Last week I was in a mood for a road trip. A day vacation motivated by the ol' Lewis and Clark spirit had been lurking within my soul for months. In the past I had toured Mt. Airy to see Andy Griffith's boyhood stomping grounds. This time, I motored over to Lexington, the home of VMI and Washington And Lee University. As impressed as I was with the history of the area, I felt a strong compulsion for further exploration. As I considered the many sights and traditions of the town, I came away with a keener understanding of that internal drive which had compelled my visit.
I was hungry.
The restaurant I sought won't be disclosed here, but let me tell you the hamburgers are the absolute best. In fact, I'd had a hankering for one for some thirty years. Now, when I first learned that it was still in operation, I felt drawn to connect with my youth. There would be something special about going back to a more carefree time for an afternoon. Or so I thought.
Lexington is a small town. Aside from two schools, three antique shops, and five one-way streets, there isn't much there. That's why I became frustrated when, after asking directions to the restaurant four times and ending up in parts of the state no one has seen since 1972, I realized the sun was literally setting on my opportunity to revisit my past. First, there was the issue of "just follow Route 11", which led me directly to the largest corn field I have ever seen. What originally seemed like a premature dusk turned out to be Jerry's cash crop which we'll all be eating in September.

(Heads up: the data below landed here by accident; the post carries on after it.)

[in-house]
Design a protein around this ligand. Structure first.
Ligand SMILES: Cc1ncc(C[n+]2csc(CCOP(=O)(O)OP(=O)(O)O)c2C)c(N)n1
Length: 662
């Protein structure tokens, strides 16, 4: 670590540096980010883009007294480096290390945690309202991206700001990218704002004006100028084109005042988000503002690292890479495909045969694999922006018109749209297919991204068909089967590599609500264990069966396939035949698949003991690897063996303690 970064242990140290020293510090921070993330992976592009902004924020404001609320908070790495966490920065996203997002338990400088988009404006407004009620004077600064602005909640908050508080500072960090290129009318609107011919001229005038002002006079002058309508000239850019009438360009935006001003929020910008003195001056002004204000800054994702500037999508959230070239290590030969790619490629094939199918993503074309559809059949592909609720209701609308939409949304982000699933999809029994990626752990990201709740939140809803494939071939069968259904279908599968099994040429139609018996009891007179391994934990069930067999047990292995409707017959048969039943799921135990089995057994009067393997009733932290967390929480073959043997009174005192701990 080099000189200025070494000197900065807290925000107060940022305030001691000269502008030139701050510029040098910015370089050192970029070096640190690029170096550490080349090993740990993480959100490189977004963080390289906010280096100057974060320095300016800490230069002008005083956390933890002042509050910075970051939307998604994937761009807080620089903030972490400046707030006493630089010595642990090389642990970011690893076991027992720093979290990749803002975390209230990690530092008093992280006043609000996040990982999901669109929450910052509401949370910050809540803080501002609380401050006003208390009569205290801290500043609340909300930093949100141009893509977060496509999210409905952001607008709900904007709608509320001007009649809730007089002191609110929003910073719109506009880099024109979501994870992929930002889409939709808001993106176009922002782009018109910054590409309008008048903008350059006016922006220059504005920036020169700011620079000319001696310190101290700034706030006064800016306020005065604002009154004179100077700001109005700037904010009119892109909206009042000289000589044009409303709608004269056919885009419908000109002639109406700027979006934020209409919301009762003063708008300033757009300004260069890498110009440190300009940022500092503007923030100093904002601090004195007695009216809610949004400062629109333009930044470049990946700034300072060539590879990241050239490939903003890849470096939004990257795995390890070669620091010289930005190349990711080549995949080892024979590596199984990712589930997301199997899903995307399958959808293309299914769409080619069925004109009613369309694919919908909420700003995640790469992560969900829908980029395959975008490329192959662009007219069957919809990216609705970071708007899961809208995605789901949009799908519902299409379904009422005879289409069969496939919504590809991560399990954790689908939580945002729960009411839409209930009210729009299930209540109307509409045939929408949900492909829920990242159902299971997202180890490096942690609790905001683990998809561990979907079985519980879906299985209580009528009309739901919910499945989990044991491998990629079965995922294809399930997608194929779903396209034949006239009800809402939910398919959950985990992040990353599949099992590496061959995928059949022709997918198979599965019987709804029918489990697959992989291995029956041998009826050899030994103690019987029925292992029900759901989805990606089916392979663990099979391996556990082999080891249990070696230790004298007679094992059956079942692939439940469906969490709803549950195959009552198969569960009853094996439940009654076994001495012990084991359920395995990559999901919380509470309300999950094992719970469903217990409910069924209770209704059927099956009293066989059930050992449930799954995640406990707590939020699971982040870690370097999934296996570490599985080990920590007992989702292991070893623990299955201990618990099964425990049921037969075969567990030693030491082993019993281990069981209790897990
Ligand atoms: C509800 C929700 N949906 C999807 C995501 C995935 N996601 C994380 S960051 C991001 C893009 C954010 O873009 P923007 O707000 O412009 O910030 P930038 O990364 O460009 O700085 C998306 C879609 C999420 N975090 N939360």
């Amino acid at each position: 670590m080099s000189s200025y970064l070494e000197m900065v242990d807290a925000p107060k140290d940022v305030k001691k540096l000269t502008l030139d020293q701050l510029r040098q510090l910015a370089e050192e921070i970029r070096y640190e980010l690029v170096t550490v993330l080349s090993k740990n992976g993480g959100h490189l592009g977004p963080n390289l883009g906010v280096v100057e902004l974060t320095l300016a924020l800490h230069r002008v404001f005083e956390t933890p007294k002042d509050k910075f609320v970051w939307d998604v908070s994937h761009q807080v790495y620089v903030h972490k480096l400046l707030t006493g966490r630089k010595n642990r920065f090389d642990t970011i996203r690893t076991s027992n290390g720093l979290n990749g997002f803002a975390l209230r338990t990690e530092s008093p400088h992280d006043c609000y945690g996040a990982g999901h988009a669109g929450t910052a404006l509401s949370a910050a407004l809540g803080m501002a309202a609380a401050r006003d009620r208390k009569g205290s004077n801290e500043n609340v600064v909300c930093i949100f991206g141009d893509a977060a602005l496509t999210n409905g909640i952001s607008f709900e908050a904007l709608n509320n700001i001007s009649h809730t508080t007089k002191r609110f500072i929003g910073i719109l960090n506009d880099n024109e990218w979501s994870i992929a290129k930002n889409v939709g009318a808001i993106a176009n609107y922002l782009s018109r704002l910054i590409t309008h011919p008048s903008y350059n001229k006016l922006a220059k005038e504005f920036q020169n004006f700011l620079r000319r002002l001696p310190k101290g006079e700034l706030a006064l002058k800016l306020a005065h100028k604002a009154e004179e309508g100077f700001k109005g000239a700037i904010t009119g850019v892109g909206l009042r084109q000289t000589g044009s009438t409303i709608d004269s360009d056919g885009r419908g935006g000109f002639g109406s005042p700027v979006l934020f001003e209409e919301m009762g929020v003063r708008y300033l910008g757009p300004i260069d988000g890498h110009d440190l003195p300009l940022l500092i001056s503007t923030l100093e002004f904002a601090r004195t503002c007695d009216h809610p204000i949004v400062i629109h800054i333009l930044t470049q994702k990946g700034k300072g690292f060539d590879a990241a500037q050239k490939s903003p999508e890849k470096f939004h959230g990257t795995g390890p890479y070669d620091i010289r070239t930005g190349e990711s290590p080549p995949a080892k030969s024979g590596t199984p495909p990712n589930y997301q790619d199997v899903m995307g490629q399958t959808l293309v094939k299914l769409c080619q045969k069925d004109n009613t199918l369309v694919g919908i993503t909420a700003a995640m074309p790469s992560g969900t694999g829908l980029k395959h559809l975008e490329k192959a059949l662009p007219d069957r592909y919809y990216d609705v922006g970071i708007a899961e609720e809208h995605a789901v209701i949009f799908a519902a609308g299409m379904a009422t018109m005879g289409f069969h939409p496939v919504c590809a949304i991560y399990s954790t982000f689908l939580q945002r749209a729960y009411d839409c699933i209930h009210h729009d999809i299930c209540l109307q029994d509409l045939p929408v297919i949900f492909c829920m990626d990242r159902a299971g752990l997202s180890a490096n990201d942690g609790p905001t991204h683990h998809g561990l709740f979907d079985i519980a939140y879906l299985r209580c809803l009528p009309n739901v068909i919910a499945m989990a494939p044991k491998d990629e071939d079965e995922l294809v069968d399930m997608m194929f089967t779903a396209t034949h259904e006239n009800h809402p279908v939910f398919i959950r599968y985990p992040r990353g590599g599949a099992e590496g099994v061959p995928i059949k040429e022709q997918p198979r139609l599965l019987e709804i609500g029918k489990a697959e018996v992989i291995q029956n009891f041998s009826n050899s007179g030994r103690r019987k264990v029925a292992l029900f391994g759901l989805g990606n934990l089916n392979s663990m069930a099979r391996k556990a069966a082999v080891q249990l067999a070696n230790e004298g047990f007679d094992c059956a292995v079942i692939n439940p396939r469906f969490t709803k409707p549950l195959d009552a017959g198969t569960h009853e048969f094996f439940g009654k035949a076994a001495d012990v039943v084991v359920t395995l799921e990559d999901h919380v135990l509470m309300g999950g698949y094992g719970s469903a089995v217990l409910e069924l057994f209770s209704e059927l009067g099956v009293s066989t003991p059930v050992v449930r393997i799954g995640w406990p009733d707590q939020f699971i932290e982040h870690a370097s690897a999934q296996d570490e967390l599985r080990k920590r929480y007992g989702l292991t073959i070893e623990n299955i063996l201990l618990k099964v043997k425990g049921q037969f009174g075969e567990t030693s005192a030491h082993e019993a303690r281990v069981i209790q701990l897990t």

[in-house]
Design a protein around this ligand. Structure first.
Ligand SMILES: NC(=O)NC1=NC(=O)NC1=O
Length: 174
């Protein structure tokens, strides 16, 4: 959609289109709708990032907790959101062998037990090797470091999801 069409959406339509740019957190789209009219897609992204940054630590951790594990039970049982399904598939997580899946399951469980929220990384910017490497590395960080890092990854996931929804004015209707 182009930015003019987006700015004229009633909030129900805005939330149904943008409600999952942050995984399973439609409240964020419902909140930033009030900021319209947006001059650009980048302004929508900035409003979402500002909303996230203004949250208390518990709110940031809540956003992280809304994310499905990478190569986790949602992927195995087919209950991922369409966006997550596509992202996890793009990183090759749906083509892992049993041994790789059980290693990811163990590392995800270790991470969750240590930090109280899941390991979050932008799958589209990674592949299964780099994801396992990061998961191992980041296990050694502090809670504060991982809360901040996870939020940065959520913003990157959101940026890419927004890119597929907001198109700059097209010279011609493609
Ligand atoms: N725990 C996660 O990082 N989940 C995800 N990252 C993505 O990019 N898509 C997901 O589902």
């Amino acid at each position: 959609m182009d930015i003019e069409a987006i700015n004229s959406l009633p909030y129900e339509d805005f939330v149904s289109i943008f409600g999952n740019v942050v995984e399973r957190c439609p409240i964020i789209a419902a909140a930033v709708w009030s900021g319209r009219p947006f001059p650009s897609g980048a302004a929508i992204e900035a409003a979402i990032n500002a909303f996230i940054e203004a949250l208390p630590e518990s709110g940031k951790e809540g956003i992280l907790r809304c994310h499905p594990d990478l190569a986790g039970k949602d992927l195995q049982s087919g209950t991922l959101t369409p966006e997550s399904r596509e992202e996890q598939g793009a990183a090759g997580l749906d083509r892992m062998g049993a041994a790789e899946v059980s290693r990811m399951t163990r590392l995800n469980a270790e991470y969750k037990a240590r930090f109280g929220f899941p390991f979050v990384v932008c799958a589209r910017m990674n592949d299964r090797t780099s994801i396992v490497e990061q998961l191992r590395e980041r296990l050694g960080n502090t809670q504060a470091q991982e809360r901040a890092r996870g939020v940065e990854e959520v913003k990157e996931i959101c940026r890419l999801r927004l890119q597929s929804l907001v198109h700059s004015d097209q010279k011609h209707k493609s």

Then there was the issue of directions. "Turn right at the co-op" led to someone's front yard -and all the antique cars decorating it in an apparent attempt to bait the EPA into an argument. I like 1971 Road Runners too, but less so when they're reduced to excuses for tetanus shots. Exchanging concerned glances with the property owner as I used his driveway as an impromptu roundabout, I headed back to the most recent familiar landmark.
I'll say this about the North Gate at VMI: it becomes increasingly familiar after you pass it four times trying to relocate your bearings. No problem. I would simply exit and head south.
Uh-huh. Leaving the North Gate, you must first battle your way onto the highway heading north from a semi-blind on-ramp. In short, it's a gamble. When one gets to a cluster of buildings, one stops to ask for directions. Thus informed, one then reverses course, looking for the Pizza Hut sign which will be seen just in time to miss the exit which enjoys the anonymity provided by a lack of any "turn here, Rob" kinds of signs.
Having travelled several miles south again, I finally located another driveway -perfect for turning around and heading back for the exit ramp which was now on the other side of the road, thereby necessitating an illegal U-turn. Ah, but then I saw the restaurant sign -the grail- which I had been searching for since 1980.
Slowly ascending the peak into the parking lot so as to savor the moment, I saw the old, but familiar, sign which is now a symbol of my youth. I was almost ready to cry. I was experiencing an epiphany. My search was at an end.
The restaurant was ... closed. Turns out that the whole staff was on vacation. I was going to need a road trip the following week.
That always works up an appetite.